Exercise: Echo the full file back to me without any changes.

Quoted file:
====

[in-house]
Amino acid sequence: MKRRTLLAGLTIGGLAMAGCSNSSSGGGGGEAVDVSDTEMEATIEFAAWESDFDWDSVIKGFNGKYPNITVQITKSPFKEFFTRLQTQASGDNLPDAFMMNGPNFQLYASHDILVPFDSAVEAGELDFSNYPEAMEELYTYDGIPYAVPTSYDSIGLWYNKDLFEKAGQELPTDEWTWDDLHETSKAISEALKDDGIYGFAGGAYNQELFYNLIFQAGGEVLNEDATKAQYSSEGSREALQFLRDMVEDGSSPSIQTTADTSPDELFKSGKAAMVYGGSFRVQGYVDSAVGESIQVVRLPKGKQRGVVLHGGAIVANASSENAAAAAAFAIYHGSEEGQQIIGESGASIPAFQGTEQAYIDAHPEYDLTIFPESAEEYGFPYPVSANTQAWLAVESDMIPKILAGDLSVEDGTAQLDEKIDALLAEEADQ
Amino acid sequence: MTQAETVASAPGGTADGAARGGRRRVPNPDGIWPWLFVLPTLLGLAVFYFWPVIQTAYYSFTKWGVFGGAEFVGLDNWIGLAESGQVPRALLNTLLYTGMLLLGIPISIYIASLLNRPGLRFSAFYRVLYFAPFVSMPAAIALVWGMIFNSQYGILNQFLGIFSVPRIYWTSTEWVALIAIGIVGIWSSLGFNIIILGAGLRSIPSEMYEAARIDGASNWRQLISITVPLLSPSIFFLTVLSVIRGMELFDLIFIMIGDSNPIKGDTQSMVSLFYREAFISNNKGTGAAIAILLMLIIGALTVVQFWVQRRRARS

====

[in-house]
Amino acid sequence: MKRRTLLAGLTIGGLAMAGCSNSSSGGGGGEAVDVSDTEMEATIEFAAWESDFDWDSVIKGFNGKYPNITVQITKSPFKEFFTRLQTQASGDNLPDAFMMNGPNFQLYASHDILVPFDSAVEAGELDFSNYPEAMEELYTYDGIPYAVPTSYDSIGLWYNKDLFEKAGQELPTDEWTWDDLHETSKAISEALKDDGIYGFAGGAYNQELFYNLIFQAGGEVLNEDATKAQYSSEGSREALQFLRDMVEDGSSPSIQTTADTSPDELFKSGKAAMVYGGSFRVQGYVDSAVGESIQVVRLPKGKQRGVVLHGGAIVANASSENAAAAAAFAIYHGSEEGQQIIGESGASIPAFQGTEQAYIDAHPEYDLTIFPESAEEYGFPYPVSANTQAWLAVESDMIPKILAGDLSVEDGTAQLDEKIDALLAEEADQ
Amino acid sequence: MTQAETVASAPGGTADGAARGGRRRVPNPDGIWPWLFVLPTLLGLAVFYFWPVIQTAYYSFTKWGVFGGAEFVGLDNWIGLAESGQVPRALLNTLLYTGMLLLGIPISIYIASLLNRPGLRFSAFYRVLYFAPFVSMPAAIALVWGMIFNSQYGILNQFLGIFSVPRIYWTSTEWVALIAIGIVGIWSSLGFNIIILGAGLRSIPSEMYEAARIDGASNWRQLISITVPLLSPSIFFLTVLSVIRGMELFDLIFIMIGDSNPIKGDTQSMVSLFYREAFISNNKGTGAAIAILLMLIIGALTVVQFWVQRRRARS